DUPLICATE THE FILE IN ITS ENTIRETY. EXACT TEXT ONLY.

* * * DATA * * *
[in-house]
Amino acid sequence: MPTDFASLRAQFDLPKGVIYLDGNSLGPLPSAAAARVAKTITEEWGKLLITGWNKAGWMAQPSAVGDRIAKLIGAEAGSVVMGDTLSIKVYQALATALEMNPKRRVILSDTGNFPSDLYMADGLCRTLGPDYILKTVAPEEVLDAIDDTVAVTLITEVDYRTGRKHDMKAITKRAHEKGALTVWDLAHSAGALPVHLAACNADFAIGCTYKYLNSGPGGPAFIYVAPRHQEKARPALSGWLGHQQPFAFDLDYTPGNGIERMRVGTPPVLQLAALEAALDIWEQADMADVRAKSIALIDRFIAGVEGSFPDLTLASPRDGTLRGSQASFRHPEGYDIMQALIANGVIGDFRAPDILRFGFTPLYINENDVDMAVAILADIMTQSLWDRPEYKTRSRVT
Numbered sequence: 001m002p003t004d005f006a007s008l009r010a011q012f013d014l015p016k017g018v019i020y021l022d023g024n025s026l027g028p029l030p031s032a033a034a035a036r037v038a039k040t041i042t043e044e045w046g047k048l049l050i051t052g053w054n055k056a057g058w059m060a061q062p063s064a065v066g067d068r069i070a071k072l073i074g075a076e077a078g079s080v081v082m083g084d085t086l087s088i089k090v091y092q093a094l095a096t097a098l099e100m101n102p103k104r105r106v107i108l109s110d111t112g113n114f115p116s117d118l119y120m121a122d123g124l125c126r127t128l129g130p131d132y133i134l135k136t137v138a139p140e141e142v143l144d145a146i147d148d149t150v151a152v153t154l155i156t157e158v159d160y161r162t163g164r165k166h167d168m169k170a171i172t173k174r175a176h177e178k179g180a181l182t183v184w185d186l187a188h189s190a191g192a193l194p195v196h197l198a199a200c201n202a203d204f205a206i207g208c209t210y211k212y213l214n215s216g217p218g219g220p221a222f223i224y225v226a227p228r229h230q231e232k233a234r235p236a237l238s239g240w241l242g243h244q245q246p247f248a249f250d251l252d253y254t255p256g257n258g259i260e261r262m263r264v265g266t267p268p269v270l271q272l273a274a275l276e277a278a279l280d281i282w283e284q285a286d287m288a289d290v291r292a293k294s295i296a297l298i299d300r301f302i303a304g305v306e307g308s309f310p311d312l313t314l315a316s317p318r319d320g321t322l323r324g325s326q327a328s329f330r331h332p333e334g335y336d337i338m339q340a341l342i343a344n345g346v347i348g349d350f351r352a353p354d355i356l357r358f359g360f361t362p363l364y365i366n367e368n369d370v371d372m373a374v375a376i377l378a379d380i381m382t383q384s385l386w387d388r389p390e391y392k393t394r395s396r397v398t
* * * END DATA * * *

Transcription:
[in-house]
Amino acid sequence: MPTDFASLRAQFDLPKGVIYLDGNSLGPLPSAAAARVAKTITEEWGKLLITGWNKAGWMAQPSAVGDRIAKLIGAEAGSVVMGDTLSIKVYQALATALEMNPKRRVILSDTGNFPSDLYMADGLCRTLGPDYILKTVAPEEVLDAIDDTVAVTLITEVDYRTGRKHDMKAITKRAHEKGALTVWDLAHSAGALPVHLAACNADFAIGCTYKYLNSGPGGPAFIYVAPRHQEKARPALSGWLGHQQPFAFDLDYTPGNGIERMRVGTPPVLQLAALEAALDIWEQADMADVRAKSIALIDRFIAGVEGSFPDLTLASPRDGTLRGSQASFRHPEGYDIMQALIANGVIGDFRAPDILRFGFTPLYINENDVDMAVAILADIMTQSLWDRPEYKTRSRVT
Numbered sequence: 001m002p003t004d005f006a007s008l009r010a011q012f013d014l015p016k017g018v019i020y021l022d023g024n025s026l027g028p029l030p031s032a033a034a035a036r037v038a039k040t041i042t043e044e045w046g047k048l049l050i051t052g053w054n055k056a057g058w059m060a061q062p063s064a065v066g067d068r069i070a071k072l073i074g075a076e077a078g079s080v081v082m083g084d085t086l087s088i089k090v091y092q093a094l095a096t097a098l099e100m101n102p103k104r105r106v107i108l109s110d111t112g113n114f115p116s117d118l119y120m121a122d123g124l125c126r127t128l129g130p131d132y133i134l135k136t137v138a139p140e141e142v143l144d145a146i147d148d149t150v151a152v153t154l155i156t157e158v159d160y161r162t163g164r165k166h167d168m169k170a171i172t173k174r175a176h177e178k179g180a181l182t183v184w185d186l187a188h189s190a191g192a193l194p195v196h197l198a199a200c201n202a203d204f205a206i207g208c209t210y211k212y213l214n215s216g217p218g219g220p221a222f223i224y225v226a227p228r229h230q231e232k233a234r235p236a237l238s239g240w241l242g243h244q245q246p247f248a249f250d251l252d253y254t255p256g257n258g259i260e261r262m263r264v265g266t267p268p269v270l271q272l273a274a275l276e277a278a279l280d281i282w283e284q285a286d287m288a289d290v291r292a293k294s295i296a297l298i299d300r301f302i303a304g305v306e307g308s309f310p311d312l313t314l315a316s317p318r319d320g321t322l323r324g325s326q327a328s329f330r331h332p333e334g335y336d337i338m339q340a341l342i343a344n345g346v347i348g349d350f351r352a353p354d355i356l357r358f359g360f361t362p363l364y365i366n367e368n369d370v371d372m373a374v375a376i377l378a379d380i381m382t383q384s385l386w387d388r389p390e391y392k393t394r395s396r397v398t